I tried two ATMs and wanted PS100. The dollar rate was almost 4 to 10 percent higher than the bank’s (or $134 to $142). I declined both offers and did the transaction using the local currency. My bank charged me $129 for the total.

Many international travelers have made this choice. I’ve seen an Italian family argue about it at the ATM next to them, and the majority chose dynamic conversion in their currency.

Why do travelers pay more when they accept a lower exchange rate when they could say no?

The ATM at Heathrow Airport suggested that I withdraw British pounds, but instead debited my account in U.S. Dollars. It would have charged $1.42 for each pound or 14 cents more than the current market rate. Jay Zagorsky, CC BY-SA

Three functions of money

Economists will consider any item to be currency if it fulfills three different functions: unit of account and store of value, as well as a medium of exchange. Two of the three reasons why international travelers behave in a certain way are explained by two out of three.

Money has two functions. The first is to serve as a unit for an account. This is the way people keep track of and post prices. It is for this reason that banks and credit card companies encourage people to pay with the currency of their home country instead of local money.

People who travel to countries with different currencies often keep track of all their purchases in their heads, using the money they are used to. They convert prices as they go shopping and eat. When an ATM or credit card terminal asks you if you’d like to pay in the currency that you use for your account, your mind says yes.

Money can also be used as a value store. Money can be used to purchase goods now as well as in the future. Travelers who don’t plan to return to a particular country often spend their leftover money at airports on things they do not really need. Since foreign bills aren’t a good investment, they don’t like to keep them. They also prefer to have their ATM withdrawals charged in the currency they are used to.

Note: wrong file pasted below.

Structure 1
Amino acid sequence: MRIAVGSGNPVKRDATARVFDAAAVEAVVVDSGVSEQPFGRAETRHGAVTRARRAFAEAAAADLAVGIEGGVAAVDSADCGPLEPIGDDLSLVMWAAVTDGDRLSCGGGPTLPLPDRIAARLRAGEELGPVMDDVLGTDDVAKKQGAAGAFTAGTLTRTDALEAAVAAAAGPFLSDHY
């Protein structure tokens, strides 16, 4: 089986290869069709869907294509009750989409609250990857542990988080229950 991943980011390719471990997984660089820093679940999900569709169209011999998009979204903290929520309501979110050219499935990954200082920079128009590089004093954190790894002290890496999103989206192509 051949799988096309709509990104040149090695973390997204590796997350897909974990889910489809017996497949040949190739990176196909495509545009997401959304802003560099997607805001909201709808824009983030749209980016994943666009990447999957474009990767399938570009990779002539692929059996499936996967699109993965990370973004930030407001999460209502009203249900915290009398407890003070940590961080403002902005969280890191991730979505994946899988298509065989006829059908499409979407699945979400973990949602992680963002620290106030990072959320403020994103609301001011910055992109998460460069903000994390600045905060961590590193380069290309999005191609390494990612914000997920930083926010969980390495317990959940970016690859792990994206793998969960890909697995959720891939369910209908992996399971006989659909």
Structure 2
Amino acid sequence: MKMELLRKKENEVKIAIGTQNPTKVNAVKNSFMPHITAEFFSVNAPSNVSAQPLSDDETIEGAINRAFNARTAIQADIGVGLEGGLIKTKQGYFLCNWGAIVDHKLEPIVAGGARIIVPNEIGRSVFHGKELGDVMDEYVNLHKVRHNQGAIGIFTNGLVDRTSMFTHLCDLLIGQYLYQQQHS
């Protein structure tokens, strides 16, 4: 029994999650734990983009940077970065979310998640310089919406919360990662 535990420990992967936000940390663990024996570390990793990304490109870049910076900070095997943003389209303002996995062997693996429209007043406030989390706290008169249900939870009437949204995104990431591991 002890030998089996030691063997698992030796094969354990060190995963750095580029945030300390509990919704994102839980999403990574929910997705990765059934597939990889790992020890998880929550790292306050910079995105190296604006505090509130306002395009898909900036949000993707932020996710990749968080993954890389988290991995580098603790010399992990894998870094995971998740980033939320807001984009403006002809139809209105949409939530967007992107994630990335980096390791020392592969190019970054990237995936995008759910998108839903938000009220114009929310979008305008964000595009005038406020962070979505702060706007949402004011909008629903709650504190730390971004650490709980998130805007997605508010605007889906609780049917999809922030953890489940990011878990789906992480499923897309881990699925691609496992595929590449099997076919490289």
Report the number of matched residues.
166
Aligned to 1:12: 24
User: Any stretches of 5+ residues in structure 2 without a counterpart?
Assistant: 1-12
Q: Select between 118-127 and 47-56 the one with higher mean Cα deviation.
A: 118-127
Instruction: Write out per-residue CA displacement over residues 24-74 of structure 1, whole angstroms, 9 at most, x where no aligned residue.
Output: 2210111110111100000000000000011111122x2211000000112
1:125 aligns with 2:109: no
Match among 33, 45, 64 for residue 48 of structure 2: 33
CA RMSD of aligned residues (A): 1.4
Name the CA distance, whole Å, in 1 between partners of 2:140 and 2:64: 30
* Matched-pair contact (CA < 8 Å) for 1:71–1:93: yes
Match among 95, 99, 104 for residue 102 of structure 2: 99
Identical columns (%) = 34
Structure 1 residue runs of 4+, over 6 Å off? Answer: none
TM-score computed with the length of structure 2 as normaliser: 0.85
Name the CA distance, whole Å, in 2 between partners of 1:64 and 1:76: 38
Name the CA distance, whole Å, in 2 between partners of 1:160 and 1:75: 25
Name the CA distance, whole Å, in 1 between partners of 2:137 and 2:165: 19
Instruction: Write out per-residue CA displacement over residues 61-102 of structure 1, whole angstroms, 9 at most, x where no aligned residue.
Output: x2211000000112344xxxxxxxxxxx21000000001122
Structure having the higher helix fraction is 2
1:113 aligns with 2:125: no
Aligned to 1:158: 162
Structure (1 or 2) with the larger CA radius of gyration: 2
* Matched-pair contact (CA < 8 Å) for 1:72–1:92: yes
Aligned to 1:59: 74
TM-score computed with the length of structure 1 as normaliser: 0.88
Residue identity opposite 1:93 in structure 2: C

Money is also a medium of exchange. This is anything that is readily accepted as payment for goods or services. When traveling abroad, people must convert their money. A dollar bill can be used to pay for food, drinks, or subway rides in New York City. In China, for example, waving greenbacks will only get you stares. Travelers must exchange money between currencies.

Pedestrians pass an electronic board that displays currency exchange rates in the Buenos Aires financial district. Reuters/Agustin Marcarian

Save money when traveling abroad.

If you are asked to convert your currency at an ATM or credit card machine, it is best to decline. This is especially true if you’ve gone to great lengths to make sure you have a card that doesn’t charge any extra fees for foreign exchange . If you don’t, but your credit card has a price attached, it is still advisable to use local currency.

This rule is only broken if you have a credit card or bank that charges a high foreign exchange rate and needs a small amount of money. Saying yes, in this case, could save you money, even if the exchange rate is poor.

It’s important to think it through. You may be tempted to say yes because you are comfortable, but resist this urge. Do not be swayed by the question of whether you would like to purchase your currency. You can save money by using the local currency on your next overseas trip.